Guide to Emergency Location Devices
EPIRB – 406MHz Emergency Position Indicating Radio BeaconUsed on powerboats, yachts and ships to help rescuers locate vessels after being activated in an emergency situation. EPIRBs transmit two frequencies with a transmission time of 48 hours
- 406 MHz via satellite to a search and rescue centre from anywhere in the world
- 121.5 MHz for detection by aircraft, helicopters and ships for localised homing in on the beacon
PLB – 406MHz Personal Locator BeaconUsed in both marine and land based environments. PLBs operate on the same 406 MHz and 121.5MHz frequencies as EPIRBs but are smaller and lighter and are more suitable to be carried or worn by the user – typical weights being 150gm to 350gm. PLBs have smaller batteries than EPIRBs with a transmission time of 24hours
- Please Note: EPIRB and PLBs equipped with GPS transmit the exact latitude/longitude co-ordinates of the emergency, dramatically reducing response times
ELB – 121.5MHz Personal Man overboard Electronic Locator BeaconIf a person wearing an ELB locator beacon falls or is washed overboard from a vessel, the ELB activates automatically when immersed in water.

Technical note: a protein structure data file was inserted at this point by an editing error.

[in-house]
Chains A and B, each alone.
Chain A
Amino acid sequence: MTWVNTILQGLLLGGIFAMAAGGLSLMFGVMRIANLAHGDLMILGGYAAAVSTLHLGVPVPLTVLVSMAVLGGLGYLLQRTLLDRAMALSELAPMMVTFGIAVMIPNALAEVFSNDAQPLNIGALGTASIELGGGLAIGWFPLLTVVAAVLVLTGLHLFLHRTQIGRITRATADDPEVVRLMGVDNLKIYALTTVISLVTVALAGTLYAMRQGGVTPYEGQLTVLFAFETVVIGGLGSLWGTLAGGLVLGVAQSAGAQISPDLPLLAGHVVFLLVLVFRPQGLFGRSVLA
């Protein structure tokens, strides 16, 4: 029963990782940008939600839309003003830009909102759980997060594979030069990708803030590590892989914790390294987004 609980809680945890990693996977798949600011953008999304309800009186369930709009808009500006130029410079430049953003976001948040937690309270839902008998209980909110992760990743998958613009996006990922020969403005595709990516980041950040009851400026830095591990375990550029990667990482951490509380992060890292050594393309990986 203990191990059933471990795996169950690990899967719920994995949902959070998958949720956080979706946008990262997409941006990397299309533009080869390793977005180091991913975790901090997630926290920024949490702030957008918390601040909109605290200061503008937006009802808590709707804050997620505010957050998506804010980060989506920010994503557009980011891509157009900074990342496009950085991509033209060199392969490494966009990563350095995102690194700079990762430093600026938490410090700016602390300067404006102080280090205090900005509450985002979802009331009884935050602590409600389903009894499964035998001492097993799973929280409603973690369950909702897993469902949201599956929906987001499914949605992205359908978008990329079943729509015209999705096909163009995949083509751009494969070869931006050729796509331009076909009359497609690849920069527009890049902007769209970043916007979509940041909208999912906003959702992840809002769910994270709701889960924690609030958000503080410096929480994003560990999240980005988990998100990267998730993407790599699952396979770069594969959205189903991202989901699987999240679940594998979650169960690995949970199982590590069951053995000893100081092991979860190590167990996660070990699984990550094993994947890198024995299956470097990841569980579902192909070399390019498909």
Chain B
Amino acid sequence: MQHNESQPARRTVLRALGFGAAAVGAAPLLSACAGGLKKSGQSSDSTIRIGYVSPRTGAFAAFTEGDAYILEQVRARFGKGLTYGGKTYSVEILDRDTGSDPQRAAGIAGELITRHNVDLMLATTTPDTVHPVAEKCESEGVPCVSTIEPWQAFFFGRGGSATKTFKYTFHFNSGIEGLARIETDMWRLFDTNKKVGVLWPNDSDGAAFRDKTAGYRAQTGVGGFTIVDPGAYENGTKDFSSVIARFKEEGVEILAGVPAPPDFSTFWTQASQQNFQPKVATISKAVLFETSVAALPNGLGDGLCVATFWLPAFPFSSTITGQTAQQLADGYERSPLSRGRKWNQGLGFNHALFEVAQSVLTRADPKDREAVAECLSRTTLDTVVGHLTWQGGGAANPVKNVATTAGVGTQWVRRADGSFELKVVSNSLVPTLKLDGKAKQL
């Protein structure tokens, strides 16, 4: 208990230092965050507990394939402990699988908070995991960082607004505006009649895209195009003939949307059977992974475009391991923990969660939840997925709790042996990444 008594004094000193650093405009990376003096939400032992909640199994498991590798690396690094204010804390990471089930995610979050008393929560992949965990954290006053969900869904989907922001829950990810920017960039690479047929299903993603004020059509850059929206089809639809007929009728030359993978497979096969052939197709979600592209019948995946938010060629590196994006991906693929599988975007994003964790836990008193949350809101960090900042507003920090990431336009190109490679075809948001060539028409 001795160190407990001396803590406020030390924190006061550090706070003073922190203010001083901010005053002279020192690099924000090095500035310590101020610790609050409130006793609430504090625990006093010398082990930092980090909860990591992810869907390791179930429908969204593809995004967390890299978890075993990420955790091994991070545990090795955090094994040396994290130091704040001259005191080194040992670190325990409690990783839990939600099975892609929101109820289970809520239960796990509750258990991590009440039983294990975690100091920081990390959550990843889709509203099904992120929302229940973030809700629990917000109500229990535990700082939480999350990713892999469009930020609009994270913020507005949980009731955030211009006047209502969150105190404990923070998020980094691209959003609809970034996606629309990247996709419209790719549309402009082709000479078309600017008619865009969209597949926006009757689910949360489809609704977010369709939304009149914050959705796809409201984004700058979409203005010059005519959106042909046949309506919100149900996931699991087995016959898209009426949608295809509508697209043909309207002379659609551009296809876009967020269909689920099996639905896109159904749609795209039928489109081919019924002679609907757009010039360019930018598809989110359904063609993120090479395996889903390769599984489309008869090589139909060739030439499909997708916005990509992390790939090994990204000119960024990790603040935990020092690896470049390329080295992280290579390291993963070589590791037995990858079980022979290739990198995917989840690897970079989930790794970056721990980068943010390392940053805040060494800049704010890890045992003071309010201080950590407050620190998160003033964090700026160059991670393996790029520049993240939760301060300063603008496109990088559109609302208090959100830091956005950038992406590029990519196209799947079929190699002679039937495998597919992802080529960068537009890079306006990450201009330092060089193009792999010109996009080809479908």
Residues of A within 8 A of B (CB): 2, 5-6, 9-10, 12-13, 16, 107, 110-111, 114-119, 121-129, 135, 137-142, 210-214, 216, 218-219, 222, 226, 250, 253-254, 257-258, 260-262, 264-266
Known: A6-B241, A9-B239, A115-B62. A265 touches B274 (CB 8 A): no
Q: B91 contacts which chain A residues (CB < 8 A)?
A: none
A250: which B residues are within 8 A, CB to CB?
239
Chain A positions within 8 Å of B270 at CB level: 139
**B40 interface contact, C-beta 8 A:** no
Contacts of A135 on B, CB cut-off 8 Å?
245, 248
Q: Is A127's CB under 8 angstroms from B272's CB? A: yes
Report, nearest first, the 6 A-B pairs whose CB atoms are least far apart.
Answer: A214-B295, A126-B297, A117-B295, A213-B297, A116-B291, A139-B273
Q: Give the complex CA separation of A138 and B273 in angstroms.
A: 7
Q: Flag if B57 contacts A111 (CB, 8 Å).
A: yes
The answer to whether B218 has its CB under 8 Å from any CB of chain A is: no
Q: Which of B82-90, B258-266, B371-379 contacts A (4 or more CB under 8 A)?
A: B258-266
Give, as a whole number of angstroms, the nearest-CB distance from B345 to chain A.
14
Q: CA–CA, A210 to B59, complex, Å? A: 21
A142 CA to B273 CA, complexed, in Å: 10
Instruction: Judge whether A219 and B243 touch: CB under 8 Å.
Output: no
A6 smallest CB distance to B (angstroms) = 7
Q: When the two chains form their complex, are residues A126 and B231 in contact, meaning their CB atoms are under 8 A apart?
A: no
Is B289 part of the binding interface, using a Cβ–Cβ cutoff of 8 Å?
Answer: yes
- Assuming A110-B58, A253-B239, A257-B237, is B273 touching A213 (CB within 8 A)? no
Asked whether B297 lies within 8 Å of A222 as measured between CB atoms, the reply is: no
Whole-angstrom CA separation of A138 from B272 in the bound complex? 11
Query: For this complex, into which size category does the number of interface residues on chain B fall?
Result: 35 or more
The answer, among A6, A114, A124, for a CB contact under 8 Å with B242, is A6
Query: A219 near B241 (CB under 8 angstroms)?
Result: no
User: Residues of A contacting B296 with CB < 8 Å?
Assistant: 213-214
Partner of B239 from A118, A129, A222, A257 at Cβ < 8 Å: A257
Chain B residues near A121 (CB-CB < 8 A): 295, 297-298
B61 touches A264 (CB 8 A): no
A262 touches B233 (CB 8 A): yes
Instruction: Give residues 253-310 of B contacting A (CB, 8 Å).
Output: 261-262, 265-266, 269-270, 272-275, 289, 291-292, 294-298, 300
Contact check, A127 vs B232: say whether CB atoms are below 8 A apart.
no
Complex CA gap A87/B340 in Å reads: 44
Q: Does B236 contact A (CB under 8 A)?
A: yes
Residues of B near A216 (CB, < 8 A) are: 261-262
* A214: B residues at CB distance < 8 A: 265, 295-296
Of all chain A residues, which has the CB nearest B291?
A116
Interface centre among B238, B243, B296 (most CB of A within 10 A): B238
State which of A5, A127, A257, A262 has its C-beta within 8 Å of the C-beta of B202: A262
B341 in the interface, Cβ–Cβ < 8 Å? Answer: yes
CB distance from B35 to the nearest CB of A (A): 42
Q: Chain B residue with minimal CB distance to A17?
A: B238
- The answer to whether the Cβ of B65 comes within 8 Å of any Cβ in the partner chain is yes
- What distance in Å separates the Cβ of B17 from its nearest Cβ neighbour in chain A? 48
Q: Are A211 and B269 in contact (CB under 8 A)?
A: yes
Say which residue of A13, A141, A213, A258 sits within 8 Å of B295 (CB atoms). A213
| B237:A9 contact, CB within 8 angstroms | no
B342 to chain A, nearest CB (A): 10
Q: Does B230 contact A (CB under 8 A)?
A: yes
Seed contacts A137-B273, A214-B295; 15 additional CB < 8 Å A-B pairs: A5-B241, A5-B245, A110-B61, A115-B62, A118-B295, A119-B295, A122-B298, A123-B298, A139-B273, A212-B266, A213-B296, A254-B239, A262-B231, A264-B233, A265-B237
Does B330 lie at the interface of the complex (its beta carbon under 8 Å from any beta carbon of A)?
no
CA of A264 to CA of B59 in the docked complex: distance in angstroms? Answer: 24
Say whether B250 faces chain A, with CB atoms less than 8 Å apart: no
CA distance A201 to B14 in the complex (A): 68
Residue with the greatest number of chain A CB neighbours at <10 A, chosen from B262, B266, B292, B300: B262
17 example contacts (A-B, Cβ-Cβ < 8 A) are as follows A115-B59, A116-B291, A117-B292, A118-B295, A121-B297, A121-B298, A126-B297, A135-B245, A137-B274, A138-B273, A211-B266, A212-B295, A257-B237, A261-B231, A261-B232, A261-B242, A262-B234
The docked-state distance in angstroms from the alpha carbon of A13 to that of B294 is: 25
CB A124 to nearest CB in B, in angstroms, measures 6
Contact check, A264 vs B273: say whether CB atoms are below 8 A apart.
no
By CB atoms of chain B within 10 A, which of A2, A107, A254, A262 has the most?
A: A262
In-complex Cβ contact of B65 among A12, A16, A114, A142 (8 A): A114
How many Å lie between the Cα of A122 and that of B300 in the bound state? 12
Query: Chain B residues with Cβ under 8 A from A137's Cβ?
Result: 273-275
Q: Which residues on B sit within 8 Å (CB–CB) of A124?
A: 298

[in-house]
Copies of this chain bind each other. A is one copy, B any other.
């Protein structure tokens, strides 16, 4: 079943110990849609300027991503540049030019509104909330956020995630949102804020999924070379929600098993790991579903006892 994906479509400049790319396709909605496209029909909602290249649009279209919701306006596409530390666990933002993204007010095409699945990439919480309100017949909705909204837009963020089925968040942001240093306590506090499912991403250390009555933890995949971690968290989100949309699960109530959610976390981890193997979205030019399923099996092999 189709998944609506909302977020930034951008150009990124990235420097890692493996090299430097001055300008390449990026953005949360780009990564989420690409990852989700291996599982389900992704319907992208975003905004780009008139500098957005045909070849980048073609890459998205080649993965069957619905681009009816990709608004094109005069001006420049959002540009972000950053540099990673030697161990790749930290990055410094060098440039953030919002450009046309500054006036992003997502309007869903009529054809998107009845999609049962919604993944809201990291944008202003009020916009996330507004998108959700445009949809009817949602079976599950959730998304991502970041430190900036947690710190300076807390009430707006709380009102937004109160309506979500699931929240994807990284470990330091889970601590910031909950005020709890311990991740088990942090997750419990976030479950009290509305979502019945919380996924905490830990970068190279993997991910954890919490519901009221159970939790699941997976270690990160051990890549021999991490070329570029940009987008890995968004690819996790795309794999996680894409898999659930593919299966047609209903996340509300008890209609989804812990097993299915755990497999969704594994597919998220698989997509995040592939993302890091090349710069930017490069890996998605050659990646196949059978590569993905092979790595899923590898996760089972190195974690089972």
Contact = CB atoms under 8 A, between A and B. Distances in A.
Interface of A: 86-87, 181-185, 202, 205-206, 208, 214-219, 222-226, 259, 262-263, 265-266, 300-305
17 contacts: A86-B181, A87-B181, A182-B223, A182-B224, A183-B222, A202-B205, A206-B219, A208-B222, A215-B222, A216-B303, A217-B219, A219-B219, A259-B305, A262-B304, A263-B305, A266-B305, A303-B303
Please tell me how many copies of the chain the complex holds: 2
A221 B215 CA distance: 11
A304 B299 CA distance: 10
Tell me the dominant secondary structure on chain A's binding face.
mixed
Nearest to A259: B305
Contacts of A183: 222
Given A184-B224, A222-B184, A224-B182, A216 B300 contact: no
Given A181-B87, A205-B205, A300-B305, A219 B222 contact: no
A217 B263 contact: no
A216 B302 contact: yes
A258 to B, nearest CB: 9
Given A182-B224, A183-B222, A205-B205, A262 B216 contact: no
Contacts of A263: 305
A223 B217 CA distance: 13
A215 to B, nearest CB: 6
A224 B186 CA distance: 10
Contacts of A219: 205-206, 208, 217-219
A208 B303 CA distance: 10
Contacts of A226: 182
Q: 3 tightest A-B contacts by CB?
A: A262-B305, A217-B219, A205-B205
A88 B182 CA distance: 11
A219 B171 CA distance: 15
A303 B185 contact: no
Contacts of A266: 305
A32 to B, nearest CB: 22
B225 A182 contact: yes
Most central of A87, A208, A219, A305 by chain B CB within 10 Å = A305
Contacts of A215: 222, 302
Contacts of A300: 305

- ELBs transmit on a 121.5MHz emergency signal and if monitored by a locator receiver, the crew will be alerted immediately and can track and locate the wearer.
- ELBs can also be manually activated.
SART - 9GHz Radar TransceiverWhen a radar signal is received from a ship or aircraft, SARTs automatically transmit a response signal which clearly identifies the position of the SART on the radar screen of the transmitting ship or aircraft, by means of a stream of 12 in-line dots.
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AIS – Automatic Identification SystemPersonal AIS Beacons are waterproof and buoyant.
- When activated, Personal AIS Beacons transmit a signal to all VHF AIS enabled radios within a typical 4 mile range, signalling that help is required.